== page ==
## Geometry: Planar Curves

This section uses material from Alfred Gray's book:

Modern Differential Geometry of Curves and Surfaces,
1994 CRC Press, Florida

The parametric representation of a planar curve can be written as a vector in
two dimensions. The elements of that vector are functions of the parameter **t**:

alpha(t) := [sin(t), cos(t)];

We obtain the definition as an answer:

alpha(t) := [sin(t), cos(t)]

We can compute the derivation:

diff(alpha(z), z);

And we get this result:

[cos(z), - sin(z)]

Next, we define a function, that is called the "complex structure":

J(a) := [-a[2], a[1]];

J(a) := [- a , a ]
2 1

In the definition of **J**, we __assume__ that **a** is a vector
with exactly two elements. This is neither declared nor checked.

Here is how it works:

J(alpha(y));

[- cos(y), sin(y)]

In geometric interpretation, this is a rotation around 90 degrees.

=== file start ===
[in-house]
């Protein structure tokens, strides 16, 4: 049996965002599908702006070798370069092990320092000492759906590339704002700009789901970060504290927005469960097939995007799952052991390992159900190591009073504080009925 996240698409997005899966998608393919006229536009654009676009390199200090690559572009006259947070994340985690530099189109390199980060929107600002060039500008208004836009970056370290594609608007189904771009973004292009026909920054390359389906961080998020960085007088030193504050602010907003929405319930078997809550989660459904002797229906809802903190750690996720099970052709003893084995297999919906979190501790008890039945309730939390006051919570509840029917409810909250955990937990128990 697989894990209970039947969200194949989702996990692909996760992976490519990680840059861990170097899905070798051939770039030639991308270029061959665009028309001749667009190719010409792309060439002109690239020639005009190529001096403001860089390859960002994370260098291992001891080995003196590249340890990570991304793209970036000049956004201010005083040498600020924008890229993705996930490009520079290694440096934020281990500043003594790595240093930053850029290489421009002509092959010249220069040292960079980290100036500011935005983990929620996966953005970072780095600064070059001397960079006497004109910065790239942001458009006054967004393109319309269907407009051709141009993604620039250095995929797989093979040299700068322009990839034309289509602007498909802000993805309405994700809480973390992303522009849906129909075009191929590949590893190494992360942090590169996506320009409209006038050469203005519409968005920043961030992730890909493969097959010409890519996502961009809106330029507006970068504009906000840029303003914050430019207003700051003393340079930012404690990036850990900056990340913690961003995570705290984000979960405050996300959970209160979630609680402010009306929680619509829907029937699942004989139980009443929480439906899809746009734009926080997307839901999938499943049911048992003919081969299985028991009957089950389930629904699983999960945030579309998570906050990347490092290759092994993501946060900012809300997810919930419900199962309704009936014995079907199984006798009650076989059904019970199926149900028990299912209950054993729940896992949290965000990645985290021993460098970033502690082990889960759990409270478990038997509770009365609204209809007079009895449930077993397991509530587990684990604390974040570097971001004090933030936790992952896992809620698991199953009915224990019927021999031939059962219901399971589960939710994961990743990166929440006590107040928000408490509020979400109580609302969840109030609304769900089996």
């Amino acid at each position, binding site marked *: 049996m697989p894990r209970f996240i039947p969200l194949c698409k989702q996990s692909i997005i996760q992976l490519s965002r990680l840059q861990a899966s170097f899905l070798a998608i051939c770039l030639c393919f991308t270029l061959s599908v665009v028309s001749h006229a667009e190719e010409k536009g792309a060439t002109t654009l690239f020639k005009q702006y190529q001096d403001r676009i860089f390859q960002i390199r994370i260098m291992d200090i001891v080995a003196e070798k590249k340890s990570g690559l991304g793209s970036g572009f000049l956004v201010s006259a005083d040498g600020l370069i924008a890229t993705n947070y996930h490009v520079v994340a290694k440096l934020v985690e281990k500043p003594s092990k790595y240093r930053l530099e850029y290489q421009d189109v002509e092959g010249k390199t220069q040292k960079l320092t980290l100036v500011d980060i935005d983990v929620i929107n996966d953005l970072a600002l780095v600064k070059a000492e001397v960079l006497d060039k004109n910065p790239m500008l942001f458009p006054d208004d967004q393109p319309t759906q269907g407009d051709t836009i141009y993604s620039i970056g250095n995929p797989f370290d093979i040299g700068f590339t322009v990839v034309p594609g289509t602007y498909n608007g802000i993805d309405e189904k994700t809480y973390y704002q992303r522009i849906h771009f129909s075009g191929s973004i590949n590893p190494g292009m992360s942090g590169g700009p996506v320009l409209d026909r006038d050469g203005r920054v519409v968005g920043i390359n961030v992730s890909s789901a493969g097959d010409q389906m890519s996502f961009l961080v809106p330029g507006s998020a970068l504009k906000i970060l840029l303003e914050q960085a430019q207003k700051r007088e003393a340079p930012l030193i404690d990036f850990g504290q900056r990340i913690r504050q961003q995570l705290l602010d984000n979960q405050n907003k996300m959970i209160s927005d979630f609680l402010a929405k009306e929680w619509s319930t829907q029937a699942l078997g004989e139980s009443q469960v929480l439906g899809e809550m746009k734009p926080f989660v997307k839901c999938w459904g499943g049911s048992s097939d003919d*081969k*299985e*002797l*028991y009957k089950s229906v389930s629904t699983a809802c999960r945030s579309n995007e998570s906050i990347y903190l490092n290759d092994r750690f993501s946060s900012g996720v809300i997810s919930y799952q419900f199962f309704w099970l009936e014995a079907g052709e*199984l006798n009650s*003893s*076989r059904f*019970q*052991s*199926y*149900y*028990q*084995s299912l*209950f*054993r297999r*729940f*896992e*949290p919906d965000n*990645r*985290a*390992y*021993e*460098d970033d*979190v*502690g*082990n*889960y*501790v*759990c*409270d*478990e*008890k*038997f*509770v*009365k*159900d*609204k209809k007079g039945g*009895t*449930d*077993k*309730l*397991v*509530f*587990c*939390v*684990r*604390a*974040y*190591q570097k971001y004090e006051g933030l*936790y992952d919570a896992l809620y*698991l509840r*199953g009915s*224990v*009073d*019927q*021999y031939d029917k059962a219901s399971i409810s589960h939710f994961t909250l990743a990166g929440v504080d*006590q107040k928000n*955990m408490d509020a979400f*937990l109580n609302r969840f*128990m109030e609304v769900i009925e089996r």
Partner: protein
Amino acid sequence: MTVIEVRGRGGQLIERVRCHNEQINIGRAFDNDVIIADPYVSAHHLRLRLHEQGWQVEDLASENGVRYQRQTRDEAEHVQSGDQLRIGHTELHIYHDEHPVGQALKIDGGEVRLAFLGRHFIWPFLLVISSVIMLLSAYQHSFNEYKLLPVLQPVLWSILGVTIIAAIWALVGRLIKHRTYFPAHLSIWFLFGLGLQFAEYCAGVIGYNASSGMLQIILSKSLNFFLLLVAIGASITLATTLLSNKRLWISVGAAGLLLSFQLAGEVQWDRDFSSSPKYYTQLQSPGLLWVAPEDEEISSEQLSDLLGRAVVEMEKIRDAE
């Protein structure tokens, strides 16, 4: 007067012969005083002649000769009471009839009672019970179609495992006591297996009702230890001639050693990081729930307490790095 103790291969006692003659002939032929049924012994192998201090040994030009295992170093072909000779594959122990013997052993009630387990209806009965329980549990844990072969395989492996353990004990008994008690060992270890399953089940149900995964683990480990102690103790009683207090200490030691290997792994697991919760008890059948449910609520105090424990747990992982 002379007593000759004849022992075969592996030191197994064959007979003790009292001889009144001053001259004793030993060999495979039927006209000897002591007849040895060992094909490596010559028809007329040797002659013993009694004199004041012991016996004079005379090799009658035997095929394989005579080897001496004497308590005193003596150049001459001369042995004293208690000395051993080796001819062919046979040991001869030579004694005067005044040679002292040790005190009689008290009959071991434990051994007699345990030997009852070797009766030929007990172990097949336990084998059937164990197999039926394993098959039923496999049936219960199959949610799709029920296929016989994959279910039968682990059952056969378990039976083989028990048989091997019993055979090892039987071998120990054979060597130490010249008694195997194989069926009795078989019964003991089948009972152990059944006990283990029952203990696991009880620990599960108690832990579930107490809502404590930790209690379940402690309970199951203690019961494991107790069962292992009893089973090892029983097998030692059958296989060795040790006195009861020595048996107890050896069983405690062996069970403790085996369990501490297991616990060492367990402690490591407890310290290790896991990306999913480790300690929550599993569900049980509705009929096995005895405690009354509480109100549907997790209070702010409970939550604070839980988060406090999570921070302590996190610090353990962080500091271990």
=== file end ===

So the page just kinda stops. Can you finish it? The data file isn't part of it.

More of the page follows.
It is not a surprise that the scalar product of alpha(z) and J(alpha(z))
is zero:

alpha(z).J(alpha(z));

0

Now we define the curvature of a plane curve

kappa(fn, t) := diff(fn(t), t, 2).J(diff(fn(t), t))/((diff(fn(t), t).diff(fn(t), t))^(3/2));

diff(fn(t), t, 2) . j(diff(fn(t), t))
kappa(fn, t) := -------------------------------------
3/2
(diff(fn(t), t) . diff(fn(t), t))

Now let us compute the curvature of **alpha**:

kappa(alpha, t);

Maxima answers:

2 2
- sin (t) - cos (t)
----------------------
2 2 3/2
(sin (t) + cos (t))

This is a surprisingly complicated result: **alpha(t)** is a parametric
representation of a circle and a circle should have constant curvature.
An attempt to simplify this result is certainly worthwile:

trigsimp(%);

Now Maxima confirms what we think: A circle has constant curvature.

- 1

Now, let us examine a slightly more complicated curve, the
eight-curve:

eight(t) := [sin(t), sin(t)*cos(t)];

eight(t) := [sin(t), sin(t) cos(t)]

To draw that curve, we can use this command:

plot2d(append('[parametric], eight (z), [[z, -%pi, %pi]], [[nticks, 360]]));

The diagram is shown in a separate window.

Now we can compute the curvature:

kappa(eight, z);

and we obtain:

2 2 2
- sin(z) (sin (z) - cos (z)) - 4 cos (z) sin(z)
-----------------------------------------------
2 2 2 2 3/2
((cos (z) - sin (z)) + cos (z))

The curvature of the eight-curve can be plotted with this command:

plot2d(kappa(eight, z), [z, -%pi, %pi]);

### What we have Learned:

- The elements of a vector are written in square brackets.
- The point is used to write the dot product of two vectors.